For a little more than a year I have served on the Christian Reformed Church of North America’s study committee on religious liberty and persecution. It was brand new when I joined. One of the first things the committee studied was the landscape of Christian churches and denominations in North America, and the range of their work on issues of religious liberty and persecution. It turns out it wasn’t a big project.
Our provisional findings so far, aided by the generous support of The Henry Institute at Calvin College, have uncovered that religious liberty or persecution tends to be a minor concern of evangelical churches. Note that this is not the same thing as saying it is not a concern of actual evangelicals, but our findings of structural ecclesial support for the issue were very thin. Evangelicals in America may be very excited about religious freedom, but so far as we can tell, they aren’t often using church structures to express it. Interestingly, a similar survey found that almost no mainline Protestant denominations had resources dedicated to religious liberty, but many did work on ecumenical and inter-faith dialogue.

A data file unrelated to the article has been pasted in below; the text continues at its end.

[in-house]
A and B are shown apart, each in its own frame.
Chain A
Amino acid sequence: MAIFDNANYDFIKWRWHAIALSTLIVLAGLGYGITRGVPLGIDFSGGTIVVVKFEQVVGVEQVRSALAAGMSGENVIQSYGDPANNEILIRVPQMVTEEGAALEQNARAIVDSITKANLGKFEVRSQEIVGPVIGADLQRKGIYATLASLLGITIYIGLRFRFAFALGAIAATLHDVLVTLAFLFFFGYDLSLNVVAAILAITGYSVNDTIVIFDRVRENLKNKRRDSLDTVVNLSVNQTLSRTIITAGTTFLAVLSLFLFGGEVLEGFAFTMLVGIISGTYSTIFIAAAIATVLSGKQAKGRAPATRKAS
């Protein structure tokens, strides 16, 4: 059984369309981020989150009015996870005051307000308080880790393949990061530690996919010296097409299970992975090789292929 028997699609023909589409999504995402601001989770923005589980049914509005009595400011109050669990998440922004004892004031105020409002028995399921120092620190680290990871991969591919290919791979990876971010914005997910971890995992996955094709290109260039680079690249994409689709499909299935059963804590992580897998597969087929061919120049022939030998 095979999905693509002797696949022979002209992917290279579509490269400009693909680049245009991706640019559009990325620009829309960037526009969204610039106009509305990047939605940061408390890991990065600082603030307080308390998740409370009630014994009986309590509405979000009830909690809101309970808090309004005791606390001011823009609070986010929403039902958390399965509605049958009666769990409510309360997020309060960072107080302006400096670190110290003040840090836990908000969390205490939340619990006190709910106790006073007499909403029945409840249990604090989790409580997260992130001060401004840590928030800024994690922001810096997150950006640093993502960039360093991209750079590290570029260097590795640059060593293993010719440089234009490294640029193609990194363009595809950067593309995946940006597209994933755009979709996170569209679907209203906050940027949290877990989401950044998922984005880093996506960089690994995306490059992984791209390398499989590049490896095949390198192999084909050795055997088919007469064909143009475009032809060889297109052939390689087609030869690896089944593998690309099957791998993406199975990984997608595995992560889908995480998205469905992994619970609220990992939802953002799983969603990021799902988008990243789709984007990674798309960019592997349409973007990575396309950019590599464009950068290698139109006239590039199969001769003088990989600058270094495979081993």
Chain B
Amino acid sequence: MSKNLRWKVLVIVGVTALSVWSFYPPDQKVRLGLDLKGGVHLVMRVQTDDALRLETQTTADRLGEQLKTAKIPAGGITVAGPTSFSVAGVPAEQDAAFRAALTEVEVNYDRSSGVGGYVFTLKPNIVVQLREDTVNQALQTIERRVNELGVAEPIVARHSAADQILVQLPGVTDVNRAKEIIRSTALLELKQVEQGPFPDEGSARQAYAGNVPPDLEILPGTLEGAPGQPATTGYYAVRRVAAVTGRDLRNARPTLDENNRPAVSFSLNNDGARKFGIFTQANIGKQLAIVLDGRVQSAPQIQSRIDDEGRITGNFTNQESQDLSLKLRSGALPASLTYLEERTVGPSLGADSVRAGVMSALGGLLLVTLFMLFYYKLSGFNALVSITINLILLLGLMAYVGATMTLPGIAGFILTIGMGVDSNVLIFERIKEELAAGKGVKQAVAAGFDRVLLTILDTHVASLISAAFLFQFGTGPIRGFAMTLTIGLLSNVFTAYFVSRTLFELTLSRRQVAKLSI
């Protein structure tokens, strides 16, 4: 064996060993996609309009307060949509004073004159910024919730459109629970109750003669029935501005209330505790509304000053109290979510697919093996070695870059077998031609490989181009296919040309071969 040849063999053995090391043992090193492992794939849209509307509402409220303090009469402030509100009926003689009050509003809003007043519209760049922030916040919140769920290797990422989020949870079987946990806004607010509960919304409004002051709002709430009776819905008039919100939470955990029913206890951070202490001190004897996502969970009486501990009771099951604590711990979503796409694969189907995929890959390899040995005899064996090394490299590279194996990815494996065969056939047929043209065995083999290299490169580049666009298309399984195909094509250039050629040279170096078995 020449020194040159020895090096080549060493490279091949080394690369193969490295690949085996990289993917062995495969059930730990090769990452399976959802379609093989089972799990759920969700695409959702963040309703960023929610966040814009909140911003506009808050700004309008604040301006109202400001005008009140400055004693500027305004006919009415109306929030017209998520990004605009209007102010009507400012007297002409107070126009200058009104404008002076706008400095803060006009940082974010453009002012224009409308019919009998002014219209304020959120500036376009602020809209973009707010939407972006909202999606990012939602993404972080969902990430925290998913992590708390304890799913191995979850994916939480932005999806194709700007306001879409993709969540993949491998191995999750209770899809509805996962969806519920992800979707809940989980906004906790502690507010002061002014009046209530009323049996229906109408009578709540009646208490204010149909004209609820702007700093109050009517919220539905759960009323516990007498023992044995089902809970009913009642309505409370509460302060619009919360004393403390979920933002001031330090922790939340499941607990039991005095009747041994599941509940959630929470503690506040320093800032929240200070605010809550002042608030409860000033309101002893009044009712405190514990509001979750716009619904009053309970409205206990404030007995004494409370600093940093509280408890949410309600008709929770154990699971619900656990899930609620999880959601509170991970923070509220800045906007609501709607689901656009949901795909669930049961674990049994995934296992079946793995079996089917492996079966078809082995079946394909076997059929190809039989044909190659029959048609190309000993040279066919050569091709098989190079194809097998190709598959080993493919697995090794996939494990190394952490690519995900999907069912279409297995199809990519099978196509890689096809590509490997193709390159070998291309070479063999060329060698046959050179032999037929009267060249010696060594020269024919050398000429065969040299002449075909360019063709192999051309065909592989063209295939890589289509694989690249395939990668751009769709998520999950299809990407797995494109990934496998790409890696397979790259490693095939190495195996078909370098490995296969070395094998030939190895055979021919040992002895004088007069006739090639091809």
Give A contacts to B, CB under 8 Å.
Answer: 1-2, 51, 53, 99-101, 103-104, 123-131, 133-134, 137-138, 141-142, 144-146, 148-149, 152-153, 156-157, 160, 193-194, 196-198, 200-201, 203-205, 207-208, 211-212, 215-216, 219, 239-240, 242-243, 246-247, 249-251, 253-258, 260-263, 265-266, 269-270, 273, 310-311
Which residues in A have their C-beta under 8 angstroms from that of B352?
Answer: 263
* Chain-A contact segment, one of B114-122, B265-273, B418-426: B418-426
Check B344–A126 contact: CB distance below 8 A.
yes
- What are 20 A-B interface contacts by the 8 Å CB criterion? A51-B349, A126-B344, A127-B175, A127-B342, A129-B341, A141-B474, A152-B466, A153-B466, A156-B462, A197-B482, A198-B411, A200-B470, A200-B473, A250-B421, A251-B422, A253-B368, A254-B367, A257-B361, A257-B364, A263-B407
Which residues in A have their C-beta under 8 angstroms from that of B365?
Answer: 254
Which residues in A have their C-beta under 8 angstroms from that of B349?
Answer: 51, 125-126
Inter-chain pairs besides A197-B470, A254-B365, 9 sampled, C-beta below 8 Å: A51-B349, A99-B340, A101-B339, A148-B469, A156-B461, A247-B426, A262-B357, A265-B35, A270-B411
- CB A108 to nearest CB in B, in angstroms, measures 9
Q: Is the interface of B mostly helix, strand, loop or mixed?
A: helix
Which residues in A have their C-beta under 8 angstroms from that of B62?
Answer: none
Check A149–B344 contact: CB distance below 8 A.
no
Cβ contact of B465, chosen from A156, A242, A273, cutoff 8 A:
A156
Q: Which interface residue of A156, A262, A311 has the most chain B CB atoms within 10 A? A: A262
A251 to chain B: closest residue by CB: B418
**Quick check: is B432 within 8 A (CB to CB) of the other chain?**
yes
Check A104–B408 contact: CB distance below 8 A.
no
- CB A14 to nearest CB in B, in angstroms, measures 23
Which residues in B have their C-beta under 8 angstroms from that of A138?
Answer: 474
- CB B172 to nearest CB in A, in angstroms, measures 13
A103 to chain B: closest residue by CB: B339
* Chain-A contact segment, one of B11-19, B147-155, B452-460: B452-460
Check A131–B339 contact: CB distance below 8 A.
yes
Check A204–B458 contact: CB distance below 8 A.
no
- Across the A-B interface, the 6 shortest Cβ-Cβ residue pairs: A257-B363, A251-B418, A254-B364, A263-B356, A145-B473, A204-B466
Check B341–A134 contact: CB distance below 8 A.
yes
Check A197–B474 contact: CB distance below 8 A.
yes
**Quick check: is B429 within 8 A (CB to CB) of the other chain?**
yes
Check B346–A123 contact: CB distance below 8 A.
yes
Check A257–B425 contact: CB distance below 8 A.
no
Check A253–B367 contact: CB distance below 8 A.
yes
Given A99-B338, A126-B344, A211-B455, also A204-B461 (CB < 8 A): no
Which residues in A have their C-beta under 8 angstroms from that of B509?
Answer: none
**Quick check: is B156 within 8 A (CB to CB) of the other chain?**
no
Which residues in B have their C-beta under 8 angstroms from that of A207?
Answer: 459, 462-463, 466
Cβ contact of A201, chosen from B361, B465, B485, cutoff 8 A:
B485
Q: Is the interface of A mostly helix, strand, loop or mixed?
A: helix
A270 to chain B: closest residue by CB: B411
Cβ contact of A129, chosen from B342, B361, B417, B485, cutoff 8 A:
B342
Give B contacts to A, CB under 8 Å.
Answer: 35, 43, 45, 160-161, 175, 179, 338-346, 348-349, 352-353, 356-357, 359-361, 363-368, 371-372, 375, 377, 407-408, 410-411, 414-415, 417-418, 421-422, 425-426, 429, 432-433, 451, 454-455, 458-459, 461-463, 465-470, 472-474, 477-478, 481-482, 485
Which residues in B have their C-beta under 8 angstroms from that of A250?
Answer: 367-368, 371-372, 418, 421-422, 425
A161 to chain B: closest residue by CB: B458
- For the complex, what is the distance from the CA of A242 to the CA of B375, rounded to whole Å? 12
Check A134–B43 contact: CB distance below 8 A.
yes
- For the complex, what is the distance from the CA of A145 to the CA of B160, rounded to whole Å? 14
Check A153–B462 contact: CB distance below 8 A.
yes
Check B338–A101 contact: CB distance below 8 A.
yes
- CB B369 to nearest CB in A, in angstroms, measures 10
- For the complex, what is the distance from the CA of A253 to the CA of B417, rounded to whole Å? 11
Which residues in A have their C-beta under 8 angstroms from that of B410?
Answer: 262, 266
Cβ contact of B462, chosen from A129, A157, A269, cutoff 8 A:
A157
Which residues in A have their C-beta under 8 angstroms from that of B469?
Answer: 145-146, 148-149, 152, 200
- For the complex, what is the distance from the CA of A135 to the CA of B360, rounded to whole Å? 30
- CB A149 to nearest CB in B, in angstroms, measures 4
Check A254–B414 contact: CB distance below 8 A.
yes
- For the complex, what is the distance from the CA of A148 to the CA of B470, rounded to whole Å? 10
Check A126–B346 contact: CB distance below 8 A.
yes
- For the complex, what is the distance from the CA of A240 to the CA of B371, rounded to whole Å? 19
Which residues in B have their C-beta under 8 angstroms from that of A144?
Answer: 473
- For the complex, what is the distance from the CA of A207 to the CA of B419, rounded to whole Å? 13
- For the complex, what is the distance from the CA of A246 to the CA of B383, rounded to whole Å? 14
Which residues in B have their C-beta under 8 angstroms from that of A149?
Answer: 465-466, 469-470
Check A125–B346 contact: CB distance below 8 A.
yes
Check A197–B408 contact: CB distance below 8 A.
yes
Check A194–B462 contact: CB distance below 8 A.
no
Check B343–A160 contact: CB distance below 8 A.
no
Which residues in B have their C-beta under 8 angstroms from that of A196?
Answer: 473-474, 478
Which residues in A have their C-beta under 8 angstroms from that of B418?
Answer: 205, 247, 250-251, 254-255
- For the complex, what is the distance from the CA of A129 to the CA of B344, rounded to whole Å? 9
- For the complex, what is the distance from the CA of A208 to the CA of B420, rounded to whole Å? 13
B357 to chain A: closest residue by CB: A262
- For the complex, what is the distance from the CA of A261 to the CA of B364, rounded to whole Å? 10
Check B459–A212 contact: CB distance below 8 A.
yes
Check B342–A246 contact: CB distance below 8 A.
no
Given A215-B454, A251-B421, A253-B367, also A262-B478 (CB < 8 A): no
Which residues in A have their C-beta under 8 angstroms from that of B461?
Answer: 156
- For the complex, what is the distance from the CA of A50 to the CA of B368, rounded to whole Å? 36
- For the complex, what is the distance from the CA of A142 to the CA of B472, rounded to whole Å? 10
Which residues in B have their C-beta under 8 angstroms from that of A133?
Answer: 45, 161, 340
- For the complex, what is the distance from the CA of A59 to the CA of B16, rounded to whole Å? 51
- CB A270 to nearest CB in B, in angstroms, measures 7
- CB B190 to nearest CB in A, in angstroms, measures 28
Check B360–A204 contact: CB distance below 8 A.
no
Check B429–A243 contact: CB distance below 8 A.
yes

Both of these are important halves of the work of religious liberty that Christian churches can be actively engaged in. The work of religious liberty and inter-faith dialogue are not coincidentally, but essentially related, and for one or the other to have any prospect of success, it must necessarily invoke its other half. Religious liberty—for a shorthand definition, let’s say the freedom or liberty to live and manifest fully, in public and private, one’s religion without social or political interference—is one of the fundamental dignities that makes a liberal society possible. It doesn’t require—in fact, it more or less assumes—that total religious and philosophical agreement on why this dignity is so fundamental won’t prevail. We are reminded of Jacques Maritain’s famous invocation in the Universal Declaration of Human Rights: We may agree on these rights, but we don’t all have to agree on why.